Who would pay to go to the library? Well, in 1854, the first library in Flushing, Queens opened up and started out as a subscription basis meaning that whoever wanted to use its services had to pay for it — it was not always open to the public. That changed in 1884 when it became a free circulation library. The success of the library in Flushing, Queens encouraged other communities to open up local libraries which led to the Queens Borough Public Library becoming official in 1907.
When you walking in, you see every seat in the seating area taken, a crowded children’s room, a full cyber center, printing computers all taken, and a lively teens room. Queens Library’s mission statement is “Queens Library transforms lives by cultivating personal and intellectual growth and by building strong communities.” They fulfill their vision by creating an abundance of programs and services to benefit children, teenagers, adults, the elderly, people with disabilities, and even immigrants within their current 62 locations which makes libraries so much more than just a place with books. Such programs and services include Adult/Young Adult Literacy, Learn English/Language, Learn to Read, Writing Programs, and so many more.
With so many inclusive programs and services for the community, what happens if libraries don’t have enough money to fund all of them? What happens if their budget is cut? This is a big problem that Queens Libraries has to face annually. Libraries used to be open for seven days a week and longer hours, but this changed in 2003 when Michael Bloomberg decided to cut Queens Library’s budget despite it being the busiest library system in the country. In just two years, funding was cut by $14 million and with these cuts, 50 out of 63 branches weekend services ended and reduced Sunday service days to only 3 branches. What does this mean? It means less library open hours for those who utilize the library’s resources.
“A library is a piece of knowledge. Without knowledge in the world and art and reading, there is no hope and if there’s no hope, there is no future. Save this library --save all libraries.” Ray, a Queen's resident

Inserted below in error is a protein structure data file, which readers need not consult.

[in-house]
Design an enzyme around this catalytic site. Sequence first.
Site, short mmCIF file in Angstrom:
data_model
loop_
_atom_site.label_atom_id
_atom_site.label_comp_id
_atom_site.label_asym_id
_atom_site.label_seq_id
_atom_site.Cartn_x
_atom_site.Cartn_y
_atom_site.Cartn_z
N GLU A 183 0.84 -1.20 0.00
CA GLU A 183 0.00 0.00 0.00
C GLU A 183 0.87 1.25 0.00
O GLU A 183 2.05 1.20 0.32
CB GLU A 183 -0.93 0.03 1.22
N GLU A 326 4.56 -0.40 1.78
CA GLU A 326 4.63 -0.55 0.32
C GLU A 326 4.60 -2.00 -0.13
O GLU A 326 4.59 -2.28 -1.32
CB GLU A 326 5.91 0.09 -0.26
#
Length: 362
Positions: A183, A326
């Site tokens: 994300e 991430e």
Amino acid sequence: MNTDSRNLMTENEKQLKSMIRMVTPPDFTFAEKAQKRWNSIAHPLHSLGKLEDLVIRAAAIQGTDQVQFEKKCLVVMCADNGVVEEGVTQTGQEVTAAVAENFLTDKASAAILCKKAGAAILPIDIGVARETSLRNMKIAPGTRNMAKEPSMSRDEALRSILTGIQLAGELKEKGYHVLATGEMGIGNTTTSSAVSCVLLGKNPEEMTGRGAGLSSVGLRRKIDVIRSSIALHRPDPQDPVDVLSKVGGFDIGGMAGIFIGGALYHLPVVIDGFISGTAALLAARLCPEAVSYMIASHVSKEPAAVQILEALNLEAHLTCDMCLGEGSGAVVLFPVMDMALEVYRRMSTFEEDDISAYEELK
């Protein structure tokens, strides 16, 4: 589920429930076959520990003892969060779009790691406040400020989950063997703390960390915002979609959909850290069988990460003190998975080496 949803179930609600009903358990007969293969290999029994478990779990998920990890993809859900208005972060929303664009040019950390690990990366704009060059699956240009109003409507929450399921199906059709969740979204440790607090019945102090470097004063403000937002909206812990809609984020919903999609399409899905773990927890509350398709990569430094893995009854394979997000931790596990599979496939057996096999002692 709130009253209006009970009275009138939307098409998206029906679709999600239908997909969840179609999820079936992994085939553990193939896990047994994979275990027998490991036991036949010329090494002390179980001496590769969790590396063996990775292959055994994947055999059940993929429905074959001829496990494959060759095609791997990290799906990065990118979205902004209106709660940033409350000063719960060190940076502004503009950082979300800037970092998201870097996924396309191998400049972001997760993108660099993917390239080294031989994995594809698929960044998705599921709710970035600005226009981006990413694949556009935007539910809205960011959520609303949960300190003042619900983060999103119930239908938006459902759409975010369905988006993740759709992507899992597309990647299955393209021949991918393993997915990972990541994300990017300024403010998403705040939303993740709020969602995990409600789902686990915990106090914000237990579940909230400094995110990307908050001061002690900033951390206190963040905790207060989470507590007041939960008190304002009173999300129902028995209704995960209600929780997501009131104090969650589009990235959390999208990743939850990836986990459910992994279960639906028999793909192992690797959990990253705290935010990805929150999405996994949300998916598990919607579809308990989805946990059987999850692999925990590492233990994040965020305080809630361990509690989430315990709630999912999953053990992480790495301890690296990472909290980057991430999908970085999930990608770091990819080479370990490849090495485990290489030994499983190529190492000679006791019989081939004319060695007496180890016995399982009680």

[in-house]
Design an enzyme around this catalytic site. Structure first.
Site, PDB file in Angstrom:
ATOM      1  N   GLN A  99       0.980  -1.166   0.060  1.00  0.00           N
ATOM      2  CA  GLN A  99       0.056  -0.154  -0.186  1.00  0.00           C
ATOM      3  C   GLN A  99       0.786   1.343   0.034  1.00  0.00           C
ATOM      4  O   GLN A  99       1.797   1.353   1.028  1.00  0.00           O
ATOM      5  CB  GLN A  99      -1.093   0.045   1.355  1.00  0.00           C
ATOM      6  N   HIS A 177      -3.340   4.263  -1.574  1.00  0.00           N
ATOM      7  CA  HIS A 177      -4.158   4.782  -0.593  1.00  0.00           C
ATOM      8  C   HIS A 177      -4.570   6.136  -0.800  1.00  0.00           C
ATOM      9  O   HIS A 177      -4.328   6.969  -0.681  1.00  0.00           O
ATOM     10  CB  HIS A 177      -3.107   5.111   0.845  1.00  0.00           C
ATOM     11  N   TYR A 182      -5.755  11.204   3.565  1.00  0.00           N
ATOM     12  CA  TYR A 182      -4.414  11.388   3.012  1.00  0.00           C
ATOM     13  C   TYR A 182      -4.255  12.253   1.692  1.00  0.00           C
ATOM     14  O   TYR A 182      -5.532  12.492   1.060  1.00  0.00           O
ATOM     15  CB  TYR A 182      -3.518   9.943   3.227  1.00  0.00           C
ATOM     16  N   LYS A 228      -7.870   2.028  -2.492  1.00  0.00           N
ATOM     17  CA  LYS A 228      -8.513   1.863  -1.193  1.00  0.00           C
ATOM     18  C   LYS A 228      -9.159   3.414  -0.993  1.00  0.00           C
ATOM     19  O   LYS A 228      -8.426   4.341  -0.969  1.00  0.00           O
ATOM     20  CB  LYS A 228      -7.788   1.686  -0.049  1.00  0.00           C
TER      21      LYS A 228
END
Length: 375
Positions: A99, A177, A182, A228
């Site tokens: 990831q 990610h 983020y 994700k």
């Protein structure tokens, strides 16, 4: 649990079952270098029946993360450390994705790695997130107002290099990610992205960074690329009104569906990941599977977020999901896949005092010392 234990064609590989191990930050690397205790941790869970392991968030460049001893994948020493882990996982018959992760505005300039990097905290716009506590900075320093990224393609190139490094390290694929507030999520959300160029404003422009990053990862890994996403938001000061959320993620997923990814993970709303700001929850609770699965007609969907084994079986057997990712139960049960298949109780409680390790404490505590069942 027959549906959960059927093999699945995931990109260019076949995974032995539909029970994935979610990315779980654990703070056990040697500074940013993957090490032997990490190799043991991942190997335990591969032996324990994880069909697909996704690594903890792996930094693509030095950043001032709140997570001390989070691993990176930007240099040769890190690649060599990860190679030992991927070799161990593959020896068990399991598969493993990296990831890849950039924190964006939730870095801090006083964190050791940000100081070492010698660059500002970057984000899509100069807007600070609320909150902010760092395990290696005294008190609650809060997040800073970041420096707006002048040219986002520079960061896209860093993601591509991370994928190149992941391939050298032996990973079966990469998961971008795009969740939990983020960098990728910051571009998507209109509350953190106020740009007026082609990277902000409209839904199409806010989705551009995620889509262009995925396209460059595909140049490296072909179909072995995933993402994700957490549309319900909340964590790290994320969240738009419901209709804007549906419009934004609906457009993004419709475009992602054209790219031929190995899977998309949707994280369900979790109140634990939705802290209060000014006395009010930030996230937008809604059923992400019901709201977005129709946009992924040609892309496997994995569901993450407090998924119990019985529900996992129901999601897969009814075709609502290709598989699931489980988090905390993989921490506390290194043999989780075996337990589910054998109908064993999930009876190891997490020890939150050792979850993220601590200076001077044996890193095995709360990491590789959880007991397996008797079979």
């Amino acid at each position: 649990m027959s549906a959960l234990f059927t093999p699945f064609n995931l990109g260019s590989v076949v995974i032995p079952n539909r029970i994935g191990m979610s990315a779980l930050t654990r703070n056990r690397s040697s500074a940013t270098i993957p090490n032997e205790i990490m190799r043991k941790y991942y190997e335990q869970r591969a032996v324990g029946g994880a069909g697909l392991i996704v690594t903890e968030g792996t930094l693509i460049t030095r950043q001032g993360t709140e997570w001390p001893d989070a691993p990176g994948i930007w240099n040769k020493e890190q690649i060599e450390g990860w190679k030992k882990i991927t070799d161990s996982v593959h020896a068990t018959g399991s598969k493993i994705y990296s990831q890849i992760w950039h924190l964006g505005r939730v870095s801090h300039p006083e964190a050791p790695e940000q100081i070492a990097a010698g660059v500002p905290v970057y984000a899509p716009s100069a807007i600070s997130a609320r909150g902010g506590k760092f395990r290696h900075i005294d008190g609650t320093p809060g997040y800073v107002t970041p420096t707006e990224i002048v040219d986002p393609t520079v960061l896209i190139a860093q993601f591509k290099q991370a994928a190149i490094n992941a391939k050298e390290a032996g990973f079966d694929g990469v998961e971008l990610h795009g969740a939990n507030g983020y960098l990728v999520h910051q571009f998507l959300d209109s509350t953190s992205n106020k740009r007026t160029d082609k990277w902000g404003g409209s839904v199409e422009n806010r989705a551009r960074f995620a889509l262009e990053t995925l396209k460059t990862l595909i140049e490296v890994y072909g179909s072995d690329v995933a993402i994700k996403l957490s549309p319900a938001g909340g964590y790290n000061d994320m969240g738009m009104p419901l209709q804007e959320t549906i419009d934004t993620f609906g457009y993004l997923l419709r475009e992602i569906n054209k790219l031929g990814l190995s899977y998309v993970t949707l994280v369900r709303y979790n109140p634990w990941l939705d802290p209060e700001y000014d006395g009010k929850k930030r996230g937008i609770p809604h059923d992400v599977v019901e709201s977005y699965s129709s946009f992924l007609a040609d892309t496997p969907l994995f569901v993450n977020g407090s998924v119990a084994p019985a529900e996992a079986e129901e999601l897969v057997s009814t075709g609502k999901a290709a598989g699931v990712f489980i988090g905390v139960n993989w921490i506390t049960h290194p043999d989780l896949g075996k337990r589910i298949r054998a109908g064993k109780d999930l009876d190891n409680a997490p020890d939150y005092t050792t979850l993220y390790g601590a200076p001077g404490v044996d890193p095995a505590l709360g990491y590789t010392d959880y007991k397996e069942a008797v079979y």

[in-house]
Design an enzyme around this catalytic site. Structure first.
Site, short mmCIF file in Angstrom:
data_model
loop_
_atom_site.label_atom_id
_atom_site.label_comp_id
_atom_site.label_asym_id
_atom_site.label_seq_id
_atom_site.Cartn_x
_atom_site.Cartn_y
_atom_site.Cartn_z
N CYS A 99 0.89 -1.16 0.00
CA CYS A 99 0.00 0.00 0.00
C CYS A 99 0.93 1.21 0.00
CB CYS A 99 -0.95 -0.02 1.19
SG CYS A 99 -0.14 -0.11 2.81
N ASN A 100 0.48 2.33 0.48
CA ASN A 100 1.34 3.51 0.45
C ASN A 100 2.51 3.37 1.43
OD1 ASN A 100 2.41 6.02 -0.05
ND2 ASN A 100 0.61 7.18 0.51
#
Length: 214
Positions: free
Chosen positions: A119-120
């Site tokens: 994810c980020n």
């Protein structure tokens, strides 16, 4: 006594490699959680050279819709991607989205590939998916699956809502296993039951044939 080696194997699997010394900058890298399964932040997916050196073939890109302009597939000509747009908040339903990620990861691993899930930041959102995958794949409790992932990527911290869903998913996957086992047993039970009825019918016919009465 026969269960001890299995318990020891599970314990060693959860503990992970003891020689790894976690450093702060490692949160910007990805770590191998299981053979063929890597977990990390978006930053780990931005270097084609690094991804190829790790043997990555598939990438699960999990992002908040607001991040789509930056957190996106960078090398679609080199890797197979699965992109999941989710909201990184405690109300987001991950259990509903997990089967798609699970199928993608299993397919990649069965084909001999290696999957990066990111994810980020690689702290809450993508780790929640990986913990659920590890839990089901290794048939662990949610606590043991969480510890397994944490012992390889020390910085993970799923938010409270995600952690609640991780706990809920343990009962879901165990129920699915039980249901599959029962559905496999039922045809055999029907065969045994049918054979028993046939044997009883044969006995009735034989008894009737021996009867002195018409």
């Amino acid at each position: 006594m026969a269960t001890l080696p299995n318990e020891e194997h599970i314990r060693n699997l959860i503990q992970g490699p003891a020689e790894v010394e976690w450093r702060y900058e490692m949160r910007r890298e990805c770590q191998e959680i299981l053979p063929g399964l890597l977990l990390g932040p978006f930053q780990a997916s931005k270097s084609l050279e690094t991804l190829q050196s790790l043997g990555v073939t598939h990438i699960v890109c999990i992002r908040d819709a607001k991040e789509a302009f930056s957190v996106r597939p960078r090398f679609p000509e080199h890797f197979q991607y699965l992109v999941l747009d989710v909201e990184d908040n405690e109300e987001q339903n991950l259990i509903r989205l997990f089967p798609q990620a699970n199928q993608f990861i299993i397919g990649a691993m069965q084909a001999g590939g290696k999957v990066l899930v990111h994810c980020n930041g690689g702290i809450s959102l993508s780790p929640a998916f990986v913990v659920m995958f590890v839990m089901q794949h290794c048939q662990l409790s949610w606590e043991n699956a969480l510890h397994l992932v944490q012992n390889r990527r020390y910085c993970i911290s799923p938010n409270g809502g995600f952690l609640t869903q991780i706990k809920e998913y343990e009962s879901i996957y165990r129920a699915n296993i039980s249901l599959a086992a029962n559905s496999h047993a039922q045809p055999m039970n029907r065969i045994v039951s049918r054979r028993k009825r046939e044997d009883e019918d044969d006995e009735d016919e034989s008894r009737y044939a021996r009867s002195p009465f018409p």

In December of 2010, after a $4.5 million budget cut, Queens Libraries stopped buying new library materials including books, DVDs and homework helpers to save money and cost. Throughout 2011, the library only bought materials from money they received from grants and donations. Thankfully, people donated a generous amount of over $170,000 which allowed the library to purchase just about 12,000 new books (which is more than their typical 8,500 books they used to buy annually with their budget). The budget cut in 2011 resulted $25.3 million in service cuts to Queens Library meaning 13,000 fewer free programs, 1.5 million fewer free computer services, no weekly library access or homework help for 5,000 school children and 1.5 million unanswered requests for information through the library reference center.
With Queens being one of the most diverse places in the world, it is known that an abundance of immigrants also live here. Immigrants tend to have a lower income and so, most would not be able to afford to pay for services such as the ones that the Queen’s Libraries offer for free. Two immigrants, Zhi KangYao and Ling Chen moved to Flushing with the goal to be able to read the documents they receive in the mail and to speak to Americans.
"This is a segment of the immigrant populations that by and large do not have resources to pay for these kinds of programs. If we continue to be a country that welcomes immigrants, we have to be able to support them." Christine Fisher, a basic conversation teacher for a class in Flushing Library.
With annual budget cuts, how would libraries be able to afford these services for their patrons? Some people depend on the library for everyday needs such as learning a new language. Jung Ae Shul never had to learn English as she ran a salon where her customers were mainly Korean. After retiring, she realized that not knowing English was a disadvantage to her life in America. “I wanted to learn English so I can go to other places by myself. I was scared. I couldn’t even take the subway because I didn’t know English” she stated. Since she retired, she has been studying English through the free classes that the library provides as well as reading from the textbook, listening to CDs and receiving help from tutors at the library.
" People go to the library to learn how to read and write. For many people, the library is their only hope to learn English and obtain computer access for educational research… Libraries open doors to new worlds and opportunities that might otherwise be out of reach for so many people. To dump the library in the name of budget cuts is like burning down your house to save on the electric bill.” George Stamatiades, Queen's Library Trustee